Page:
Sunday, July 21, 2013
Salmon tartare with smoked herring’s caviar and creamy avocado
200 gr. fresh salmon
2 tablespoons of 'extra virgin olive oil
1/3 lemon juice
1 tablespoon mirin
a sprig of chives
a piece of cucumber
1 tablespoon of "eggs kippers" or caviar to taste
From the smoked salmon to the fresh salmon with the smoky taste apart!. Certainly with me, not the usual tartare!. Without mustard, nor pickles, nor dill and neither shallot. Respecting the main ingredient, I looked for delicate things that did not cover the taste of the raw material, because in my opinion, all those toppings blur a bit the protagonist, the salmon. I then opted to dress it simply with a drizzle of oil, salt, a little mirin (sweet sake) to give a subtle sweet note and chives to give a slightly spicy but not as strong and intrusive as the shallot.
For the balance (acid – alkaline) I added the lemon juice only in the avocado’s cream as by eating it all together, it balances perfectly the fat of the salmon. Plus by not coming into direct contact with the fish, it does not cook the meat ( with the acidity ) making it whitish color.
I added the cucumber into brunoise (diced) to refresh the whole thing and for that crunchy texture.
So by itself, the tartare would be ready and perfect. The herring’s caviar are only a complement but not essential for this dish. It simply brings that smoky flavor that we are so often to see with the salmon. Maybe it’s a bit of a psychological game, but in the end it’s really good.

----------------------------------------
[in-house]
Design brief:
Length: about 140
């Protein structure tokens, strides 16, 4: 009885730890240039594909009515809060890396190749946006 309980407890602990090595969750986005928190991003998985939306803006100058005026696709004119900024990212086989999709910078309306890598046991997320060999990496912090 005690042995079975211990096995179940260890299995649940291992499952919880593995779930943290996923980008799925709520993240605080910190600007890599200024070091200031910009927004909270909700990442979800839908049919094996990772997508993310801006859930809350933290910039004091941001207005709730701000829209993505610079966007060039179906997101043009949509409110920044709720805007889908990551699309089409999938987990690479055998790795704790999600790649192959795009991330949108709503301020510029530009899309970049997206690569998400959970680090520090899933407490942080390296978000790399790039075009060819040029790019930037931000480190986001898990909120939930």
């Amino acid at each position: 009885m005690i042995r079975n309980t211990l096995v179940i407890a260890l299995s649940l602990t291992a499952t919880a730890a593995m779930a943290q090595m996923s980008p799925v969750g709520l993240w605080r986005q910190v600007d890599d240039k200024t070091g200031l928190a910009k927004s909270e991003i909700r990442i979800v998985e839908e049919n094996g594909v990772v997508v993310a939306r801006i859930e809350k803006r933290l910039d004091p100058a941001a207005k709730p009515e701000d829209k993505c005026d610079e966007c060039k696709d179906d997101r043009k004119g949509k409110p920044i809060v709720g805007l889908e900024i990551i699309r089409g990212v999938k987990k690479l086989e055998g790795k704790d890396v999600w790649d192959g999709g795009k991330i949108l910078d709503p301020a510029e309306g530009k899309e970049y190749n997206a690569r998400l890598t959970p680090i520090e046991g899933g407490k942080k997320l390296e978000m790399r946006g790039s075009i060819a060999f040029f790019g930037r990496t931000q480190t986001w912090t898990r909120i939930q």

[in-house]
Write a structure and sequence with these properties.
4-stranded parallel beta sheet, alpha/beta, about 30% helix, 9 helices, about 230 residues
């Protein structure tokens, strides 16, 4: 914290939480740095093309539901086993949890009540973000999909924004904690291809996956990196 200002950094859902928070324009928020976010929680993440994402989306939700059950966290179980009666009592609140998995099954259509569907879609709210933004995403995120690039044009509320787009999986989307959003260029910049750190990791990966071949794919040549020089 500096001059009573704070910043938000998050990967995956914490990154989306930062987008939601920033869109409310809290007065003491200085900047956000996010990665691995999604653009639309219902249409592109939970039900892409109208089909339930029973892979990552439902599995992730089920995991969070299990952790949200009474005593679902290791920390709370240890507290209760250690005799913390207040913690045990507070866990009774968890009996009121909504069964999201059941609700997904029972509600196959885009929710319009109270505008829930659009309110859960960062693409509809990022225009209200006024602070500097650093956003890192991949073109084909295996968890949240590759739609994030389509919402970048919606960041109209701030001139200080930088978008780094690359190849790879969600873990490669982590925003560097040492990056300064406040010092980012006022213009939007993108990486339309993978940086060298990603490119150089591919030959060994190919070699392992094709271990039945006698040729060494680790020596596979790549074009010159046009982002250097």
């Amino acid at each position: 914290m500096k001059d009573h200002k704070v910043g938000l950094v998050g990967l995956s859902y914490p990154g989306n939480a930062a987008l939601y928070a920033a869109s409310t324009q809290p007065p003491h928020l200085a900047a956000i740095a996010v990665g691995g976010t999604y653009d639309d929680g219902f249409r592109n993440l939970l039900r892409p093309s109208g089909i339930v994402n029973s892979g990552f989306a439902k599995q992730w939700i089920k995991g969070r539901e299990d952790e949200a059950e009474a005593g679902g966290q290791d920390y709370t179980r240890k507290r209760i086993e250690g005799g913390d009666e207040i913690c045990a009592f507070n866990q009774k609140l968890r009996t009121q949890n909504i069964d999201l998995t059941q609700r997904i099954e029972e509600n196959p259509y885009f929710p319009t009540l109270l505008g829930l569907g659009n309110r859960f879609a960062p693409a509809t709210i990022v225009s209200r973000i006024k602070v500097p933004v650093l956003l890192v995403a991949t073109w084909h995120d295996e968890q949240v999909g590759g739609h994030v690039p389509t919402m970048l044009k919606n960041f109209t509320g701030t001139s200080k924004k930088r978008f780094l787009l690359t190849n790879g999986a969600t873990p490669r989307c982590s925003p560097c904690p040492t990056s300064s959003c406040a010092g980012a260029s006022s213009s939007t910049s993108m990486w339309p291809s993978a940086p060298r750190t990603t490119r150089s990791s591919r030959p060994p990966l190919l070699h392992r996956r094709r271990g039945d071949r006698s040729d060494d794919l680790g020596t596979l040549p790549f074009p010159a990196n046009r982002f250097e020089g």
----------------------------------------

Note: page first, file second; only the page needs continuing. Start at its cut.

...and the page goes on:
The eggs are actually a fake caviar prepared from a base of real smoked herring’s. Its ‘a quality product that I buy here in Spain. But then again, you can also do without it or replace it with the caviar you prefer. Even an alternative such as lumpfish eggs make their game.
I also wouldn’t cut the salmon too thin. Indeed, it is a pulp so creamy that I believe it’s meant to melt in the mouth instead of the cutting board.
For the choice of salmon, opt for the wild if you can. Those from Alaska are the most famous but also the northern Europeans are fantastic. If from fish farm, choose northern Europe or Canada. Less recommended those from Chile’s farm. The nutritional level between farm or wild, seems to be the same. Even in the amount of omega3.
Puree the pulp of avocado with a tablespoon of oil, salt and the juice of about 1/3 of a lemon. If too thick add a little water. Cut the salmon into small cubes ( off the bone and skin) with a knife.
Dress it up with the rest of the ingredients and serve it with caviar on top.